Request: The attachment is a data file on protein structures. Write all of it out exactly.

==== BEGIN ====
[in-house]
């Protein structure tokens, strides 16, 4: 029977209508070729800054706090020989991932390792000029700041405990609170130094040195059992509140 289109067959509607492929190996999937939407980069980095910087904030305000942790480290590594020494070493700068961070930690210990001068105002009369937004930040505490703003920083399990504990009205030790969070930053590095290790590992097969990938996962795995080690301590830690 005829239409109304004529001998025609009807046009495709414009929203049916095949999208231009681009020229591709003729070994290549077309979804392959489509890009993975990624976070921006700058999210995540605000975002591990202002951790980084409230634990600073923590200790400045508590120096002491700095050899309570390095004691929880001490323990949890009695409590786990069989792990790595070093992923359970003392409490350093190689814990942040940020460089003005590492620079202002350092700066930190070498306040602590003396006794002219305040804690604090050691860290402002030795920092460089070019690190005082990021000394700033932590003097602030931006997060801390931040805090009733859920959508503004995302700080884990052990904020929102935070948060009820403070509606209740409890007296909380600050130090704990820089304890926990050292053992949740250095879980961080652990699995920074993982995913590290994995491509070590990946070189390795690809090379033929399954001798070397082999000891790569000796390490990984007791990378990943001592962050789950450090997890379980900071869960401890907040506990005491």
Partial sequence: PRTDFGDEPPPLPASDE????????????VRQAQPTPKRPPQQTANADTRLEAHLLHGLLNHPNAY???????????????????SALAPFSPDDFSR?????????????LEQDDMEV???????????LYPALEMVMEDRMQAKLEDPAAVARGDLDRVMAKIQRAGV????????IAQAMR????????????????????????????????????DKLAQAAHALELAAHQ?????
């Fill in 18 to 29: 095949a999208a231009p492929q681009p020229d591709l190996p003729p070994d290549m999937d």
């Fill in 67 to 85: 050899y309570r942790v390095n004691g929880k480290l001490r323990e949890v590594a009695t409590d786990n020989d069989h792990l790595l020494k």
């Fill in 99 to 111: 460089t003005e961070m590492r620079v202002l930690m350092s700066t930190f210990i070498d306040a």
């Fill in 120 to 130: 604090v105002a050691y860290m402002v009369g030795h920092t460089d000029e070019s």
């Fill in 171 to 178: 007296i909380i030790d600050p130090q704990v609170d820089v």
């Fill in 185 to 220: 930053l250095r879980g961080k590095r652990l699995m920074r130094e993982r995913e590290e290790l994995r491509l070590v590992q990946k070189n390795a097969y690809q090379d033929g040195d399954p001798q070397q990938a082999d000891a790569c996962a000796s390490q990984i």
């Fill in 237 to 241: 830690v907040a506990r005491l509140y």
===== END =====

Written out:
[in-house]
């Protein structure tokens, strides 16, 4: 029977209508070729800054706090020989991932390792000029700041405990609170130094040195059992509140 289109067959509607492929190996999937939407980069980095910087904030305000942790480290590594020494070493700068961070930690210990001068105002009369937004930040505490703003920083399990504990009205030790969070930053590095290790590992097969990938996962795995080690301590830690 005829239409109304004529001998025609009807046009495709414009929203049916095949999208231009681009020229591709003729070994290549077309979804392959489509890009993975990624976070921006700058999210995540605000975002591990202002951790980084409230634990600073923590200790400045508590120096002491700095050899309570390095004691929880001490323990949890009695409590786990069989792990790595070093992923359970003392409490350093190689814990942040940020460089003005590492620079202002350092700066930190070498306040602590003396006794002219305040804690604090050691860290402002030795920092460089070019690190005082990021000394700033932590003097602030931006997060801390931040805090009733859920959508503004995302700080884990052990904020929102935070948060009820403070509606209740409890007296909380600050130090704990820089304890926990050292053992949740250095879980961080652990699995920074993982995913590290994995491509070590990946070189390795690809090379033929399954001798070397082999000891790569000796390490990984007791990378990943001592962050789950450090997890379980900071869960401890907040506990005491």
Partial sequence: PRTDFGDEPPPLPASDE????????????VRQAQPTPKRPPQQTANADTRLEAHLLHGLLNHPNAY???????????????????SALAPFSPDDFSR?????????????LEQDDMEV???????????LYPALEMVMEDRMQAKLEDPAAVARGDLDRVMAKIQRAGV????????IAQAMR????????????????????????????????????DKLAQAAHALELAAHQ?????
């Fill in 18 to 29: 095949a999208a231009p492929q681009p020229d591709l190996p003729p070994d290549m999937d």
């Fill in 67 to 85: 050899y309570r942790v390095n004691g929880k480290l001490r323990e949890v590594a009695t409590d786990n020989d069989h792990l790595l020494k």
């Fill in 99 to 111: 460089t003005e961070m590492r620079v202002l930690m350092s700066t930190f210990i070498d306040a």
């Fill in 120 to 130: 604090v105002a050691y860290m402002v009369g030795h920092t460089d000029e070019s």
């Fill in 171 to 178: 007296i909380i030790d600050p130090q704990v609170d820089v």
């Fill in 185 to 220: 930053l250095r879980g961080k590095r652990l699995m920074r130094e993982r995913e590290e290790l994995r491509l070590v590992q990946k070189n390795a097969y690809q090379d033929g040195d399954p001798q070397q990938a082999d000891a790569c996962a000796s390490q990984i």
């Fill in 237 to 241: 830690v907040a506990r005491l509140y």